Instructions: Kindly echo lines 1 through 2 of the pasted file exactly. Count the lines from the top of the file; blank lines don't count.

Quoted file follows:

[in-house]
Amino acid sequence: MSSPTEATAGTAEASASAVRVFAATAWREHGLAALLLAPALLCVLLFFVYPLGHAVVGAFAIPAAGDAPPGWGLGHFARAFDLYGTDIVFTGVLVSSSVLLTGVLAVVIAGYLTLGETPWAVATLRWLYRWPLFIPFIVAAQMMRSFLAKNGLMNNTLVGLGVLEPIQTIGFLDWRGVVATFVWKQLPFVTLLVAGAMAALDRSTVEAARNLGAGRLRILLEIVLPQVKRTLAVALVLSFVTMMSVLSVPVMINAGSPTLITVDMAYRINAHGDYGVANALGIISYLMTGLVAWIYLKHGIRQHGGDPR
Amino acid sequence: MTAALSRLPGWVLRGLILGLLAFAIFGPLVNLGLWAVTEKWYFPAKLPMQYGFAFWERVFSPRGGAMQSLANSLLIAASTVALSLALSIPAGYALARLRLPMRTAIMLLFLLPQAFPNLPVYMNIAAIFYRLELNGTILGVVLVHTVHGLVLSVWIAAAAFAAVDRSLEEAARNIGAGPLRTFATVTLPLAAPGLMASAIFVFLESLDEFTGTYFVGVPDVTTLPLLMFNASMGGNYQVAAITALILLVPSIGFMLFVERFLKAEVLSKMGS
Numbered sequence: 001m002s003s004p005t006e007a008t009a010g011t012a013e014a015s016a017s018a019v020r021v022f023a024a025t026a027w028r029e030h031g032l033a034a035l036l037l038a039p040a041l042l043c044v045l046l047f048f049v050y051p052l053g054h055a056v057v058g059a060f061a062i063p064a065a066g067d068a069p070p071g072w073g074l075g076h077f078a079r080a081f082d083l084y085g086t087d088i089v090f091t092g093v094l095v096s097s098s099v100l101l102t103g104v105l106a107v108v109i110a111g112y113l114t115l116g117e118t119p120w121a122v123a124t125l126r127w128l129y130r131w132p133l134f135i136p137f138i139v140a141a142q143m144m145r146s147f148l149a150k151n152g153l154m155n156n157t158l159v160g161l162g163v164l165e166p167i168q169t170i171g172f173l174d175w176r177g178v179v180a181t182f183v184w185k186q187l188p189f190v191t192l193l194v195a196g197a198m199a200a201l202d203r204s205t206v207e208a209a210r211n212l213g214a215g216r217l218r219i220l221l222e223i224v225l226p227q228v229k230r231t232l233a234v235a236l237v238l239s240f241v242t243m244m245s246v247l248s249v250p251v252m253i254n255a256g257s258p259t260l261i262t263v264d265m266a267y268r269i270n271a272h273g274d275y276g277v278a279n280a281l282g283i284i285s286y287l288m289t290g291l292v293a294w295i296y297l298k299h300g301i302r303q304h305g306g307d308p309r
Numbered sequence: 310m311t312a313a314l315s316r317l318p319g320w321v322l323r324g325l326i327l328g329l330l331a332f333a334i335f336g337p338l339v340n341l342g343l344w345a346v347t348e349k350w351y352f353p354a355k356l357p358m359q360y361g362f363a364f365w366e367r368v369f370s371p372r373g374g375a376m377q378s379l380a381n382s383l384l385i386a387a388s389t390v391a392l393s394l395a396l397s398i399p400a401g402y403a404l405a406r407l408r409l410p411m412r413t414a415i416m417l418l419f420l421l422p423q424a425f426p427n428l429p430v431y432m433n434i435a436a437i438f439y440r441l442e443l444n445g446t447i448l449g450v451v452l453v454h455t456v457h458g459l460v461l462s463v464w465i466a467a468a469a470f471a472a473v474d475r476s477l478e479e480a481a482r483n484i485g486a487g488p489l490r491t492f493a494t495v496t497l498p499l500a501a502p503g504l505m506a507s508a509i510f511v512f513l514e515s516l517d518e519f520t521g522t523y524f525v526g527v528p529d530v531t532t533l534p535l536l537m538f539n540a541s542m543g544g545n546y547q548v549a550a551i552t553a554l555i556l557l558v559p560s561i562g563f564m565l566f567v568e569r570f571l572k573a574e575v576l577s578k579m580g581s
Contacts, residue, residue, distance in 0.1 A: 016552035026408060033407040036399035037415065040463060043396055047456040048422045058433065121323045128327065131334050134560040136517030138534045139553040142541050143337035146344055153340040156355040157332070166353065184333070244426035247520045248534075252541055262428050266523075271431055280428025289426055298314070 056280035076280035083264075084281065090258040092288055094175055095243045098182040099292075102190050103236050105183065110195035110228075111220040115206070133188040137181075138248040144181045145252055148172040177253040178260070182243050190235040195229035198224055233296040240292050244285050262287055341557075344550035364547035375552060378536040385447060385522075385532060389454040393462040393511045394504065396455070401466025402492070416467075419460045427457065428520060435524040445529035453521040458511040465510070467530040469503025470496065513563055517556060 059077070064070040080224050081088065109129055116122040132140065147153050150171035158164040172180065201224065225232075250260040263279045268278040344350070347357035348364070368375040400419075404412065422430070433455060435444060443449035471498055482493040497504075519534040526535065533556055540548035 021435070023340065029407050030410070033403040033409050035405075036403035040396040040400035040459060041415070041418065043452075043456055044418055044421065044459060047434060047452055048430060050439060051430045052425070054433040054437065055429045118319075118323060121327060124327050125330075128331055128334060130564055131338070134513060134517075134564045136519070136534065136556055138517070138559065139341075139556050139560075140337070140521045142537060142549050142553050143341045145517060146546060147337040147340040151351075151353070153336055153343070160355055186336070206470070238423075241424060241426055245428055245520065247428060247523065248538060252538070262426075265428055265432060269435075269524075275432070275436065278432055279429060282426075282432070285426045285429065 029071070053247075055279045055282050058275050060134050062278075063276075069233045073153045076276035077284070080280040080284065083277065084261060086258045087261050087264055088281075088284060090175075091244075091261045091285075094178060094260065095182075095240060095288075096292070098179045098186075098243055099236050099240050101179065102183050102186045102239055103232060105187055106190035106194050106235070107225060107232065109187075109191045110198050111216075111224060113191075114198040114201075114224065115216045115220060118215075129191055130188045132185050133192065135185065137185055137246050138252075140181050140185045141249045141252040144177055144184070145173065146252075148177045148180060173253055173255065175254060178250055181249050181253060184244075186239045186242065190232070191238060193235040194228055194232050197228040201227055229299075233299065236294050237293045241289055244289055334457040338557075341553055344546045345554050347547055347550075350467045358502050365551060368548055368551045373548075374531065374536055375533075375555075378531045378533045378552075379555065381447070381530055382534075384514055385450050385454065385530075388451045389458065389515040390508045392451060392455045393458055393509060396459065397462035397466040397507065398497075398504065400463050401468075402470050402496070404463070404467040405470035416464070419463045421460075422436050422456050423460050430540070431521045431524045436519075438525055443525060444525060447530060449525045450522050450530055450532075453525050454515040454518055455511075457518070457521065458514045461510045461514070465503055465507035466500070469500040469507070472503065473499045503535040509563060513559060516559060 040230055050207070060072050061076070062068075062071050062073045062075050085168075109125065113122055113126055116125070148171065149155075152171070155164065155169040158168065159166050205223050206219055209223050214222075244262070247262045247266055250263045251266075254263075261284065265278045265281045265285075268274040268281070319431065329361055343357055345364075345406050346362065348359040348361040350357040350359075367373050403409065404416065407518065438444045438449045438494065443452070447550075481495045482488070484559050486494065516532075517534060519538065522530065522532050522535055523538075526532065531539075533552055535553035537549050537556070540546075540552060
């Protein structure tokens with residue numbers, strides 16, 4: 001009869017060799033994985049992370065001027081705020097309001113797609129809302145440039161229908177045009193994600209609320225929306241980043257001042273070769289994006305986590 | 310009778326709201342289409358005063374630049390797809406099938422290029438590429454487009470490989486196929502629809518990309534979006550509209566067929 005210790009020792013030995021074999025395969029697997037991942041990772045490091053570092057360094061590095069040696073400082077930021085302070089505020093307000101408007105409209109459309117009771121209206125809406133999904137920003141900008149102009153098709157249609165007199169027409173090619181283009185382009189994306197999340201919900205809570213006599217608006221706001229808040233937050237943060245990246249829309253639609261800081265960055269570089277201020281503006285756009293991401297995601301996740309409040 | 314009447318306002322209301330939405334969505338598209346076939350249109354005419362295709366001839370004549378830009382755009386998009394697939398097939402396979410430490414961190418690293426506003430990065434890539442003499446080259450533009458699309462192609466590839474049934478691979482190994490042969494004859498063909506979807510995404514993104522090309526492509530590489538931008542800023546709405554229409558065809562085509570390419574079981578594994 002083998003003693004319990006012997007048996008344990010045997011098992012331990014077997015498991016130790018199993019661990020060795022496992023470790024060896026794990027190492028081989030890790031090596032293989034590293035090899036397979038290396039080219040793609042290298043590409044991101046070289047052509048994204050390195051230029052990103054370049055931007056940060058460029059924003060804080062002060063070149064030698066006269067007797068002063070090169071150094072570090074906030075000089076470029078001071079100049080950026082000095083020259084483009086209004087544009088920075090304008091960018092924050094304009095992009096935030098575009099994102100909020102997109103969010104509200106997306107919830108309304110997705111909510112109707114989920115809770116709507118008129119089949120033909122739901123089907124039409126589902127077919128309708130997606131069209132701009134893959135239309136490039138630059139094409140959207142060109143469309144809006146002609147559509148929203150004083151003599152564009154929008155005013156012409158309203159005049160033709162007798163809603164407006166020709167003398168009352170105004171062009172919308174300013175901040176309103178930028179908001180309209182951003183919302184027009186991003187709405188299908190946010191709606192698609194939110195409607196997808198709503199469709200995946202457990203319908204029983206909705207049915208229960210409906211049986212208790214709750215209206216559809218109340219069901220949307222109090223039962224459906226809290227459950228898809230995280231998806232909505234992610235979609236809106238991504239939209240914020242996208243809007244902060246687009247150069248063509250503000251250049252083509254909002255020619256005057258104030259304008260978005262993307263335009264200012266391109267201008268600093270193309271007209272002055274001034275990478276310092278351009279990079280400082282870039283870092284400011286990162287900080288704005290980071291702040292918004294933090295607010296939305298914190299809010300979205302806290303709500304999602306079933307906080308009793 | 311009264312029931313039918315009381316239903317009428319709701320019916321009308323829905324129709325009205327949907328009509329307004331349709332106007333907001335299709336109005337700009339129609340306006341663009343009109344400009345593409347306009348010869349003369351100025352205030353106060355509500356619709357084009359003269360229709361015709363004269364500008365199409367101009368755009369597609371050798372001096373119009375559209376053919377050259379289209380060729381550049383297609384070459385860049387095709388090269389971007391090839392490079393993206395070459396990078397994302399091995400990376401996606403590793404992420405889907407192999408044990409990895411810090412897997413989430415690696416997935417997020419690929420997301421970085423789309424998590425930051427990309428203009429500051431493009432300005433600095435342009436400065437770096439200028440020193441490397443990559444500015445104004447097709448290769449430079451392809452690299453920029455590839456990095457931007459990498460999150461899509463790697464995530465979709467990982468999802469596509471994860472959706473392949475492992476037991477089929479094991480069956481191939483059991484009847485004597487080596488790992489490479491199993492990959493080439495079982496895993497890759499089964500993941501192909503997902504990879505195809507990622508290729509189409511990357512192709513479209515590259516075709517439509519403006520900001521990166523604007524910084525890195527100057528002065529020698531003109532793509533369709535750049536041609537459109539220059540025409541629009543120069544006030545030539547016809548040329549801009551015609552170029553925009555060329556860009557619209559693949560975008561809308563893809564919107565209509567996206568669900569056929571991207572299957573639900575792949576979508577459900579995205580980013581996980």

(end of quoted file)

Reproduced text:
[in-house]
Amino acid sequence: MSSPTEATAGTAEASASAVRVFAATAWREHGLAALLLAPALLCVLLFFVYPLGHAVVGAFAIPAAGDAPPGWGLGHFARAFDLYGTDIVFTGVLVSSSVLLTGVLAVVIAGYLTLGETPWAVATLRWLYRWPLFIPFIVAAQMMRSFLAKNGLMNNTLVGLGVLEPIQTIGFLDWRGVVATFVWKQLPFVTLLVAGAMAALDRSTVEAARNLGAGRLRILLEIVLPQVKRTLAVALVLSFVTMMSVLSVPVMINAGSPTLITVDMAYRINAHGDYGVANALGIISYLMTGLVAWIYLKHGIRQHGGDPR